Sadly many European cities are at risk of chemical, biological and radiological terrorist attacks. The EU-funded IF REACT project has developed innovative personal protective equipment (PPE) to ensure that first responders are better prepared. The new equipment can be manufactured as soon as orders start arriving.
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The men and women who work to save and protect citizens in the event of a terrorist attack can now wear clothing and equipment that make it easier to do their jobs safely and efficiently. “In addition to protecting them from harmful gases and substances, the new PPE feels to first responders almost as if they were working in their regular uniforms,” explains the scientific coordinator of IF REACT, Catherine Bertrand.
Although it was the threat of terrorist attacks that drove the EU’s investment in IF REACT, European cities are also at risk from other types of threat, such as pandemic outbreaks, accidents and other incidents involving dangerous substances. IF REACT considered all types of threat when evaluating existing PPE and developing more advanced equipment.
Improving on current equipment
Traditionally, much of the PPE available for first responders has been manufactured for the military, but other emergency workers, such as firefighters, police and medical personnel, have specialised and diverse requirements. They have a broader range of body sizes, are more likely to have different hair lengths or wear glasses than members of the military, for example. IF REACT researchers evaluated existing PPE in terms of these needs through lab testing and mock scenario simulations in field exercises.
Unfortunately, procurement officers often order PPE based on price, and not on an in-depth understanding of what the end-users require in the field, says Bertrand. “As a result, in many organisations there is large gap between what end-users really need in order to do their jobs effectively and the equipment they receive,” she explains.
To address this, IF REACT developed new PPE and an online procurement tool that takes users through factors such as threats and tasks in order to determine the most appropriate equipment for individual first response teams.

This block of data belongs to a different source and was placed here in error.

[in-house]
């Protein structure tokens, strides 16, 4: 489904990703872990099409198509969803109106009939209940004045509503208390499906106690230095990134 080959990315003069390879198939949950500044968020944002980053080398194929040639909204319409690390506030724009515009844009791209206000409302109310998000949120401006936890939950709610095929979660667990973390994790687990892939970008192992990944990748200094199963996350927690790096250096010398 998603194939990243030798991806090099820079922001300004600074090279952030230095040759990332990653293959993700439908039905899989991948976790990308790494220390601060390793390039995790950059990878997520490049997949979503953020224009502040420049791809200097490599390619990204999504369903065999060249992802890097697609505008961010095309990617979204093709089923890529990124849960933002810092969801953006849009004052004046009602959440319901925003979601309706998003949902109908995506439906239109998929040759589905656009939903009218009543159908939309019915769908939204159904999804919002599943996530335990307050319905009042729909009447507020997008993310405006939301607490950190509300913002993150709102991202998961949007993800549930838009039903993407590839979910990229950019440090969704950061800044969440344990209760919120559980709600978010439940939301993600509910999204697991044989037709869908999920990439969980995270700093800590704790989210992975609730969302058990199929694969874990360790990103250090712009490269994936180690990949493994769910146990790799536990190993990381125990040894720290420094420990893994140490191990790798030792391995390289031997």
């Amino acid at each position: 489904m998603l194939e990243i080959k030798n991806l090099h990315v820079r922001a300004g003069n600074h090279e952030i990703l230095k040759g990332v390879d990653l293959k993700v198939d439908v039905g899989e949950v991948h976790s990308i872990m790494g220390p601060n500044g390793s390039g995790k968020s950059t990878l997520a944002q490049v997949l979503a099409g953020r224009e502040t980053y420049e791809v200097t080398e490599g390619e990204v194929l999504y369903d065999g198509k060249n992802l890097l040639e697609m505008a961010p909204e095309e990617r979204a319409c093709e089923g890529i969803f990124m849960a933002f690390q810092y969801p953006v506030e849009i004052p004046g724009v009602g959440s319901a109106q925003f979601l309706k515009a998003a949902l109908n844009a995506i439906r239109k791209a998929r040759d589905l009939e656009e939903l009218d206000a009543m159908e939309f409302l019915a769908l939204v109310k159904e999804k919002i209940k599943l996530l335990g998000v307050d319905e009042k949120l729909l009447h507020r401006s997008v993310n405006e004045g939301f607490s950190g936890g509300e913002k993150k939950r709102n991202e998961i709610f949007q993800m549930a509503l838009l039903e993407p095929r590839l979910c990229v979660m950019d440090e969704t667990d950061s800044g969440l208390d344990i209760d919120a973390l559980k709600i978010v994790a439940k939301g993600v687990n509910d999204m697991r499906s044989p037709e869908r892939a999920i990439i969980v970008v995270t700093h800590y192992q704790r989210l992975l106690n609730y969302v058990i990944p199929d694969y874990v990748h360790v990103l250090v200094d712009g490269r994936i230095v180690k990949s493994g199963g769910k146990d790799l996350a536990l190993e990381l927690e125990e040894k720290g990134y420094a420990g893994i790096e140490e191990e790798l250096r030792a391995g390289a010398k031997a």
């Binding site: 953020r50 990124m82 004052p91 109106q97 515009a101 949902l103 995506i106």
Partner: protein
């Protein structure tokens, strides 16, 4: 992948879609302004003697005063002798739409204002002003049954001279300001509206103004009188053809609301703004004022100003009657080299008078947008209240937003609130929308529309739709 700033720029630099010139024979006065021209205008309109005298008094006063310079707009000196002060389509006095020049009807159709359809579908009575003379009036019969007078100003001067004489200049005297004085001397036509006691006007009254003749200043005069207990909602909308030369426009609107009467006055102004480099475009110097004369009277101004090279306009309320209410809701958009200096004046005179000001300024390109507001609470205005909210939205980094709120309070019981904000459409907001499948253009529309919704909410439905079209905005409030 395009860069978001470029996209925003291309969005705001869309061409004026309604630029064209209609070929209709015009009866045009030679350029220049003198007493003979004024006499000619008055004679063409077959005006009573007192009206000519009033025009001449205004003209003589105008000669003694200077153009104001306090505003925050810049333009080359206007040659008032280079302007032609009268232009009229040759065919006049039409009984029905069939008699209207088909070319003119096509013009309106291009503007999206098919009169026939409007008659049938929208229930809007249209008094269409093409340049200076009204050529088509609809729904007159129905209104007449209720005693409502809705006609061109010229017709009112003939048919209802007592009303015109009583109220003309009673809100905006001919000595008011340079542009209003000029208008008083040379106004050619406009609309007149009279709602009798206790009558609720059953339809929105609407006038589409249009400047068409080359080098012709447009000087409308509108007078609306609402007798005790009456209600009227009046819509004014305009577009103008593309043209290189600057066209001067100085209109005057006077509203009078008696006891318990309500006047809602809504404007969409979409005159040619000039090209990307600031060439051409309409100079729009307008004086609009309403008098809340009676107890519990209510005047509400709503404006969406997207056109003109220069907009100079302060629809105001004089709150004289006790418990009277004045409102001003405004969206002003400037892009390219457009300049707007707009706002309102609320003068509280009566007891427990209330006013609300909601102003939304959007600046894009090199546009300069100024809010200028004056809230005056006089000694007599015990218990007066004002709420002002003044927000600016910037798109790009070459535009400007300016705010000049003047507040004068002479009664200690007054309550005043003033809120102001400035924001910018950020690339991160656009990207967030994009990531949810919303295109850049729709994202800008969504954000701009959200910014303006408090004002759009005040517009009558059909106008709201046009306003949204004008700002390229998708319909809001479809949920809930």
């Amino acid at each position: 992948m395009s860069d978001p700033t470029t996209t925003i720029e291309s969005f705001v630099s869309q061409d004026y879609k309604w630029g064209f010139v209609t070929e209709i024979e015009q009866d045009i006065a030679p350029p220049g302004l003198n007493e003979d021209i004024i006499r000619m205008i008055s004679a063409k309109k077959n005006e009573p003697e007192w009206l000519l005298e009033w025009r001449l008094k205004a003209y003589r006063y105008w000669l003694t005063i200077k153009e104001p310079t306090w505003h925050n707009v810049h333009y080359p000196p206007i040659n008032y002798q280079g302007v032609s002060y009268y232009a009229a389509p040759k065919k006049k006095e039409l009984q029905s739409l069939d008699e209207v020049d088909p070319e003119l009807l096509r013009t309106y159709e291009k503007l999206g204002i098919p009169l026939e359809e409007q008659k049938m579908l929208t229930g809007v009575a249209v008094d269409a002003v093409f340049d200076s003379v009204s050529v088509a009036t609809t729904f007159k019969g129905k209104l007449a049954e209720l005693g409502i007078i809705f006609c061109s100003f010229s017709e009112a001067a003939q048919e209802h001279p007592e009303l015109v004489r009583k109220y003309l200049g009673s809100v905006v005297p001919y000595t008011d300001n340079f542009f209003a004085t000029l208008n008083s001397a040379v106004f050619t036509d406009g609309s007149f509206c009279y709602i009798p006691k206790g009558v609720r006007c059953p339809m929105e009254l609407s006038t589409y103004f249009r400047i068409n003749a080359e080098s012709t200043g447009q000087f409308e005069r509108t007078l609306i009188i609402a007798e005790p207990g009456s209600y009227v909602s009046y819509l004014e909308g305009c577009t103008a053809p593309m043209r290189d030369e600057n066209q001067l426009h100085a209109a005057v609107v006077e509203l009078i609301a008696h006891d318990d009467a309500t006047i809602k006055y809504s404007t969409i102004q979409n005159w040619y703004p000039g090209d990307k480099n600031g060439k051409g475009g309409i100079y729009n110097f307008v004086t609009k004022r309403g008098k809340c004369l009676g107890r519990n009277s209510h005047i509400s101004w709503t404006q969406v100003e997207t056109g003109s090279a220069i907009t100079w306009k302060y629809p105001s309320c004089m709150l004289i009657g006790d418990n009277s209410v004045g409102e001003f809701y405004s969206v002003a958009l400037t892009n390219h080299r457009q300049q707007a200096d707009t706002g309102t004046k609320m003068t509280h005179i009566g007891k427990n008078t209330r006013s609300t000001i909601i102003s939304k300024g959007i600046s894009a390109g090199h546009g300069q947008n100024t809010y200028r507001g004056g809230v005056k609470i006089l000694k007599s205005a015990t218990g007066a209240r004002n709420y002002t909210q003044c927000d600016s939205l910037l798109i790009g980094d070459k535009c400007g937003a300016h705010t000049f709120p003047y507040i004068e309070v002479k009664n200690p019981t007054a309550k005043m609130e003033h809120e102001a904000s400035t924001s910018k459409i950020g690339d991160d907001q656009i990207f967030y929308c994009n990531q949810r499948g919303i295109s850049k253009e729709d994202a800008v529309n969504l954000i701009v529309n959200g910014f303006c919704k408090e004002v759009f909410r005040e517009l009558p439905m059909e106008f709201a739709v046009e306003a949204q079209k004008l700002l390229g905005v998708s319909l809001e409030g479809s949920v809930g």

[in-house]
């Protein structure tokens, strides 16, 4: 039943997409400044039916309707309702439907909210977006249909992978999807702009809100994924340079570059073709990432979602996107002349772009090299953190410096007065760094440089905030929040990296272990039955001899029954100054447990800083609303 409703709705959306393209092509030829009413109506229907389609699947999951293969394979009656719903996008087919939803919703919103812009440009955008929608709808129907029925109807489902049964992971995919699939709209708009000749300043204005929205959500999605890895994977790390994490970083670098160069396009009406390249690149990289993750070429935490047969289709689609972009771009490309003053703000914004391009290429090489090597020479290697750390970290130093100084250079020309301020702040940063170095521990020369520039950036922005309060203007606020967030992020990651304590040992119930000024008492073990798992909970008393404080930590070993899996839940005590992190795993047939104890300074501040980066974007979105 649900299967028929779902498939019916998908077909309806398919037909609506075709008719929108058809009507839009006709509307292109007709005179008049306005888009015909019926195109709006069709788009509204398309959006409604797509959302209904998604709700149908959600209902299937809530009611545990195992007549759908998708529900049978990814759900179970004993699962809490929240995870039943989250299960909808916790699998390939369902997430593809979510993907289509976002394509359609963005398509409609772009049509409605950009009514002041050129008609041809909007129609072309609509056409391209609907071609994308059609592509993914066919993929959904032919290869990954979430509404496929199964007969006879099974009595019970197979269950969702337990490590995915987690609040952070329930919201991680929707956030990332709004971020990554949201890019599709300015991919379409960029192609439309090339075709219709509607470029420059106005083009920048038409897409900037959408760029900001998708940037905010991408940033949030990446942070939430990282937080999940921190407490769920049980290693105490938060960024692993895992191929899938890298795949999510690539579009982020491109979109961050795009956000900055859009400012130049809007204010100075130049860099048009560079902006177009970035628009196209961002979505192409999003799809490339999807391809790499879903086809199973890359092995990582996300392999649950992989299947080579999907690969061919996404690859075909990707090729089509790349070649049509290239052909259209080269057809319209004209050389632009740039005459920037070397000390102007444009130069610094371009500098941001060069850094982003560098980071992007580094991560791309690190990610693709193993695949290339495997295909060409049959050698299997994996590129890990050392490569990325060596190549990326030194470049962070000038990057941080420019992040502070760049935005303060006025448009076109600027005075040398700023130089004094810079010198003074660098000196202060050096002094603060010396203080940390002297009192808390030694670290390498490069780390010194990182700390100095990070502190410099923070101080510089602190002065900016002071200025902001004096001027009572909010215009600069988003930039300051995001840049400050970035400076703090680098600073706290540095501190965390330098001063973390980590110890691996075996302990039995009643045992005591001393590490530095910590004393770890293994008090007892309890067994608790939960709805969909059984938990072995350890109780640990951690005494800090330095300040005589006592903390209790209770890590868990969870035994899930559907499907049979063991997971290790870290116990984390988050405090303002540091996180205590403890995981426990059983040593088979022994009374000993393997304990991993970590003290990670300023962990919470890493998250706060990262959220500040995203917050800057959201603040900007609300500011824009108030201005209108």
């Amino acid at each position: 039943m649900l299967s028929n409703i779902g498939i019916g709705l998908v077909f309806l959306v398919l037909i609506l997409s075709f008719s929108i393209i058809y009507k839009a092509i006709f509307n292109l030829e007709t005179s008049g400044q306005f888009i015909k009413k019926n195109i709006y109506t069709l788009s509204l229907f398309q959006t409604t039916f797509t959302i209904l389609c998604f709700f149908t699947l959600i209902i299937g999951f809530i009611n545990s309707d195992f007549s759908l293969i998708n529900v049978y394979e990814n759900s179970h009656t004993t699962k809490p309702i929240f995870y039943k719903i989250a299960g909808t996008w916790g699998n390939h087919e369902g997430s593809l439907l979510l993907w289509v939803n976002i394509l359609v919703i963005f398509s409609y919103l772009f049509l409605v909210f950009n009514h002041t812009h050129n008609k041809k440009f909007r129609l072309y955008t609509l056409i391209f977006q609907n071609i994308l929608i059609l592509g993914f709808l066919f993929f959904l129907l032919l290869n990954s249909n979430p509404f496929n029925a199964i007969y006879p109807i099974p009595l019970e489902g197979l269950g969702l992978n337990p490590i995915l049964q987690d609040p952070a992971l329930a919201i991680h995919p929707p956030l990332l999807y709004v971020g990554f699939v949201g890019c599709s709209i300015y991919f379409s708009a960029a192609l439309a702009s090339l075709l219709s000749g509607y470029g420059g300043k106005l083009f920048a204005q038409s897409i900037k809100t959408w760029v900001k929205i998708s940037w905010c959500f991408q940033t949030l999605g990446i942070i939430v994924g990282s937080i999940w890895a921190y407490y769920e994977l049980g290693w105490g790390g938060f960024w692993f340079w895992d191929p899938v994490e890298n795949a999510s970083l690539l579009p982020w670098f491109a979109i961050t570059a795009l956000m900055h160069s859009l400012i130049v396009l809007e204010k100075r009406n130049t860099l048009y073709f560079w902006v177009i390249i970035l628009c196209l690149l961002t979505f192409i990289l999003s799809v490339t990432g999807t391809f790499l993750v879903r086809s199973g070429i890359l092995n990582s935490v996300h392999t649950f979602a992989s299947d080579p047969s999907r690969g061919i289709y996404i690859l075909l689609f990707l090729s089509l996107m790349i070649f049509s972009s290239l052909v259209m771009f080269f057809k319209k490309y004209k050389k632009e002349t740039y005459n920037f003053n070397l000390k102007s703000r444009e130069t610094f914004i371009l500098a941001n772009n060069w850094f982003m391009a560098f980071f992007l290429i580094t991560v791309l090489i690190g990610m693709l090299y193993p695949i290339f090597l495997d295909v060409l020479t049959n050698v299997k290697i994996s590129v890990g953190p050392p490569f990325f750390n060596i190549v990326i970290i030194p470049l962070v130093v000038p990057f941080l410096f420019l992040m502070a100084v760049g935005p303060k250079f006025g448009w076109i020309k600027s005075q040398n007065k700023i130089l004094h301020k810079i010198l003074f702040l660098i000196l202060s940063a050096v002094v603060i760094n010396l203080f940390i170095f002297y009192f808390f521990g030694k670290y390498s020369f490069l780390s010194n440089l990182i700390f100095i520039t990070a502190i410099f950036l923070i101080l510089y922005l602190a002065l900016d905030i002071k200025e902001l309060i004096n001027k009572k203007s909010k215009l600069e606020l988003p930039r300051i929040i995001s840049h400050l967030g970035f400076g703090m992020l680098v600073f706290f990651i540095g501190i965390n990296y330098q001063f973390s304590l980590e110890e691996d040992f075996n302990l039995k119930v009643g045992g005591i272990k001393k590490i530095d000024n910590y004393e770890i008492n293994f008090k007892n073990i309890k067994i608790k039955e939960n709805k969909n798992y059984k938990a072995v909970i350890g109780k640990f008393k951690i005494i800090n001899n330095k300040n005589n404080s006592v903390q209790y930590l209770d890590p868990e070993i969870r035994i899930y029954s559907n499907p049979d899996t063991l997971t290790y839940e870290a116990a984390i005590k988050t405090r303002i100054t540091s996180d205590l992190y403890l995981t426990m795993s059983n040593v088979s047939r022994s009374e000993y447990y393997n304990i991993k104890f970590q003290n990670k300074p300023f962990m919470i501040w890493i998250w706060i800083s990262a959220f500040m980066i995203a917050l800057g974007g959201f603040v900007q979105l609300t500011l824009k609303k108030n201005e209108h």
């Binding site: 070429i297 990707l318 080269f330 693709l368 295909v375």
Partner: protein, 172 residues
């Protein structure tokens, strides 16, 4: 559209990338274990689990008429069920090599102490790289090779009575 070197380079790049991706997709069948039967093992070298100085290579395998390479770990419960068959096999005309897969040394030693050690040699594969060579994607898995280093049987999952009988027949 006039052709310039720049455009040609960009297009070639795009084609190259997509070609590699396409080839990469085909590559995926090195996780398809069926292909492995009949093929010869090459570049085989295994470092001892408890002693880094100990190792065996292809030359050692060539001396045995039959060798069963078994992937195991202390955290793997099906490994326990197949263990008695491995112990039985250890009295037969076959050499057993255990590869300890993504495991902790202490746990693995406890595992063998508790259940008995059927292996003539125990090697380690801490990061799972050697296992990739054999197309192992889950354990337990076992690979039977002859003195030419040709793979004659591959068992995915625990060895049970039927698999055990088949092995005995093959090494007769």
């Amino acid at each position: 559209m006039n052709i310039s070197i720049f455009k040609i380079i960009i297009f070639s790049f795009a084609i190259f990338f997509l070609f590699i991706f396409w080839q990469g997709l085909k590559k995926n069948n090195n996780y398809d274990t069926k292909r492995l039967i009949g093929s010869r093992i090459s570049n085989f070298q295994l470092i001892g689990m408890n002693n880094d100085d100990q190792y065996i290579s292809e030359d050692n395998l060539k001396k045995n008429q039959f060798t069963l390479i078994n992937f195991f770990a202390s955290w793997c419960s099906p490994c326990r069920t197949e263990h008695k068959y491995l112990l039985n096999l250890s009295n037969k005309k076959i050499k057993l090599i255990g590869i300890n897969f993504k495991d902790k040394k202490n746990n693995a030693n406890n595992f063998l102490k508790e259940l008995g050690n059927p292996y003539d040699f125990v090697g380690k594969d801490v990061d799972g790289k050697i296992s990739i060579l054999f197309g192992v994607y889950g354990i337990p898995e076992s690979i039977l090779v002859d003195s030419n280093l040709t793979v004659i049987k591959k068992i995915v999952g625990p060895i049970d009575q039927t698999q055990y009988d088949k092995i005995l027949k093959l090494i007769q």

More comfort, less distraction, more lives saved
The project has developed several pieces of equipment including:
- a highly efficient ‘bio-collector’ to monitor potential contamination based on level of exposure (for example to the ebola virus);
- three types of protective clothing or ‘suits’ adapted to different levels of first responder work (heavy duty, light weight and undergarment);
- two types of respiratory protection (gas mask and over pressure hood with either filter or powered air supply)
- a balaclava to achieve a perfect fit between mask and suit;
- five different add-ons, such as an audio set and a smartphone communication.
Mix and match to safety needs
The protective suits are combined with the respiratory protection and add-ons into seven different protective ensembles that provide a variety of protective levels and operational possibilities.
All three suits are made of breathable material, making them more physiologically appropriate. The equipment is safe and comfortable to wear for twice as long as existing PPE, even in hot environments. “Increased comfort also helps first responders feel less psychologically stressed or distracted,” adds Bertrand.
Emergency workers wearing the new suits can talk to their colleagues in the control centre without having to hold a phone in their hands; they are connected even when they are placed in challenging situations. Also, “The new suits integrate audio-visual devices and smartphones, which is a huge improvement over the walkie-talkie radios most first responders use now,” as Bertrand points out – they enable the wearers to work hands-free. The audio-visual devices are available and affordable, says Bertrand.
And it is not only the first responders themselves who benefit from the new equipment. “Their high visibility means that victims know help has arrived, while a large visor also means that those caught up in an incident can more easily see who is inside the suit, which can help reduce their feelings of stress,” explains Bertrand.
If there is demand for significant volumes of the IF REACT prototypes, manufacturers will be able to produce the state-of-the art PPE cost-effectively. “Security experts and decision makers in government need to push for the procurement of the new PPE to create a safer Europe” Bertrand concludes.
The project’s potential has already been recognised in France – the project was one of 12 nominated as a ‘star of Europe’ in 2013.